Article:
are said to be in a bear grip when the indices fall 20 per cent or more from their peak levels. And, we have already covered half this distance.
While most analysts do see the markets
remaining volatile and possibly extending their fall over the near-to-medium term given the events stacked up going ahead, they however, rule out a sharp correction for now from here on that can put markets into bear terrain.
“The market rally in January was very sharp and unanticipated. Such moves are magmatic and create lot of froth. The fall from the peak needed some reason. Public sector banking accident was sudden, killed the buoyancy in the market and paved the way for a correction that was overdue. We think this fall, at worst, can see the Nifty50 dip another 3 – 4 per cent from current levels. But, it may be time consuming and will test investor’s patience,” says Motilal Oswal, chairman and managing director, Motilal Oswal Financial Services.
Threat of global trade war given the tariff proposals by the Trump administration, possibility of hike in interest rates by the US Federal Reserve (US Fed) and its impact on the bond markets are the two global risks that the markets are staring at over the next few months.
That apart, government’s borrowing programme (likely to be announced in April); key economic data, including interest rate trajectory and inflation; progress of monsoon; outcome of various state elections over the year and developments in the banking sector are some of the key events markets will have to negotiate through over the next few months.
“We can’t rule out a further fall that can take the markets into bear territory. But, that is not our base case. We see support at around 9,700 levels (Nifty50). That said, there is a 40 per cent probability right now that this support will be taken out. It can happen in case economic and corporate earnings growth disappoint. One also needs to watch oil prices, interest rates and developments in the banking sector,” says UR Bhat, managing director, Dalton Capital Advisors.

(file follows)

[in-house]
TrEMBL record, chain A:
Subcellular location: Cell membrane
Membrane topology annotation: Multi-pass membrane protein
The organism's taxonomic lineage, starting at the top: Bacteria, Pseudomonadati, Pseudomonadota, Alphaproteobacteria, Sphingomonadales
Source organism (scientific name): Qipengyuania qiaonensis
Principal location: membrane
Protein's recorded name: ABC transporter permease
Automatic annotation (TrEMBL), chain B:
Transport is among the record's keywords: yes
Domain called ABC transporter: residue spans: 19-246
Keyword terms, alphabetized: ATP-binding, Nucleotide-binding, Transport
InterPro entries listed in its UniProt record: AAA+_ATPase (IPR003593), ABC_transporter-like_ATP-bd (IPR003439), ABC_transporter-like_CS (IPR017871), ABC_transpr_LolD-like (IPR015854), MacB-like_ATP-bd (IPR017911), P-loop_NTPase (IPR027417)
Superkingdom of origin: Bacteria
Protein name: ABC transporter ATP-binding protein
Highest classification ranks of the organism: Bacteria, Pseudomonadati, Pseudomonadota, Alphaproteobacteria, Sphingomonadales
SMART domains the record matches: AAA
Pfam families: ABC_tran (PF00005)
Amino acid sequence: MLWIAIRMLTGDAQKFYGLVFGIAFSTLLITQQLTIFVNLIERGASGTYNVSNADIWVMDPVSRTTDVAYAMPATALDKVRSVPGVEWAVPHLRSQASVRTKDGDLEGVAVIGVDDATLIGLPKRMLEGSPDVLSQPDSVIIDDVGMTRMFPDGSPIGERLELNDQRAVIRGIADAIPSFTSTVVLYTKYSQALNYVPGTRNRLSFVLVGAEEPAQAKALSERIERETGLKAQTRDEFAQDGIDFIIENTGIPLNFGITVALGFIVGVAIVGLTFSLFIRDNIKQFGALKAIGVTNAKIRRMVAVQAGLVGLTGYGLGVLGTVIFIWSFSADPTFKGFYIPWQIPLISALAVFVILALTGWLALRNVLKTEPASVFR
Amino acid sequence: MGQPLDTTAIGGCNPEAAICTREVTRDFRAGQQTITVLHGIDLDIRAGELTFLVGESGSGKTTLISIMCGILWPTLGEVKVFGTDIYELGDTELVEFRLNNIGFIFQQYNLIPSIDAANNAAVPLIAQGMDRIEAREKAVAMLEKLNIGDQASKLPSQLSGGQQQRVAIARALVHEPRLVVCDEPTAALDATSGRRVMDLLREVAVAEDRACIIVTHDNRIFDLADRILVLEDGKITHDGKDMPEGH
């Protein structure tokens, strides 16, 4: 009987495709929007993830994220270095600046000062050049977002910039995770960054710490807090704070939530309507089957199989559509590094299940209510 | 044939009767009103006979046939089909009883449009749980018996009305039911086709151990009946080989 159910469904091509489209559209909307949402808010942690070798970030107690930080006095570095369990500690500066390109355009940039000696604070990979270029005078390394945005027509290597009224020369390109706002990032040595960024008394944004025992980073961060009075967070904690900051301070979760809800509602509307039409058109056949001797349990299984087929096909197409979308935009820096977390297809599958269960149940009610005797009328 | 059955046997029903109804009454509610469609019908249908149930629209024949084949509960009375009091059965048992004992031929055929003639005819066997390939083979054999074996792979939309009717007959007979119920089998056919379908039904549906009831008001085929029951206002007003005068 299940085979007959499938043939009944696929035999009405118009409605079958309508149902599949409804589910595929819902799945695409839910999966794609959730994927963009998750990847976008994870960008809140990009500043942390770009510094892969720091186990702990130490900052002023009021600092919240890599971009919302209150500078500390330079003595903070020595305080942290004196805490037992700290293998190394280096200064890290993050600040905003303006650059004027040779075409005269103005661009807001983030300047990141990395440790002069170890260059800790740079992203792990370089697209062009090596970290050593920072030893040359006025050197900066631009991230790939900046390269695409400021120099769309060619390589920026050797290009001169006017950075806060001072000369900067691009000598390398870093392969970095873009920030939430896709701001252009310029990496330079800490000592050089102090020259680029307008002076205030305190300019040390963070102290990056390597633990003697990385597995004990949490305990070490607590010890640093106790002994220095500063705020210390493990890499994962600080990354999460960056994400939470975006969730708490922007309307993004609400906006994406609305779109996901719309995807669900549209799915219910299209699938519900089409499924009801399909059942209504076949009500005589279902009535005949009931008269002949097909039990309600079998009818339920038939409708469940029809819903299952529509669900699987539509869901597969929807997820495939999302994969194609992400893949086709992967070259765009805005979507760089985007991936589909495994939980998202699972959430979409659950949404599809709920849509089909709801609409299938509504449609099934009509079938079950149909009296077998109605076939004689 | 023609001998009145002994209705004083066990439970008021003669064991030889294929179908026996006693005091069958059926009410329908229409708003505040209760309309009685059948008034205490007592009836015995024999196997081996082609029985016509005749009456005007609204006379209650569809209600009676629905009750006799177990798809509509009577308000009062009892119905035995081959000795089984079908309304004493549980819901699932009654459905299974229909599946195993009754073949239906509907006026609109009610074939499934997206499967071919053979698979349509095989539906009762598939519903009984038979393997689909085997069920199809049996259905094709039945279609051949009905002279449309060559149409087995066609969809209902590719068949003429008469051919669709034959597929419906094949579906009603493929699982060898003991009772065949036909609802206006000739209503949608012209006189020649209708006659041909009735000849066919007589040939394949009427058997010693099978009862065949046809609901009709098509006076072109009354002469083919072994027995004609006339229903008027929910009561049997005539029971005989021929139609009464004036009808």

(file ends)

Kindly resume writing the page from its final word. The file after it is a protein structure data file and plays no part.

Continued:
As regards the mid-and small-cap segments, G Chokkalingam, founder and managing director at Equinomics Research believes that the correction in these two segments is not yet over. “Minimum another Rs 4-lakh crore may be wiped out from the overall market due to further correction in the over-valued small and mid-cap (SMC) stocks,” he says.
Though markets at the current levels are factoring in the possibility of inflation inching up and the possibility of rate hike by the Reserve Bank of India (RBI) over the next few months, they are not factoring in a bad monsoon yet, analysts say. Banking stocks, they believe, still remain the weakest link in the markets.
Oswal suggests March quarter earnings will be a big trigger for market recovery, as the economy is already on the mend. “We think around 10,000 mark on the Nifty 50 index and 31,000 level on the S&P BSE Sensex will be good level to commit money in the market,” he adds.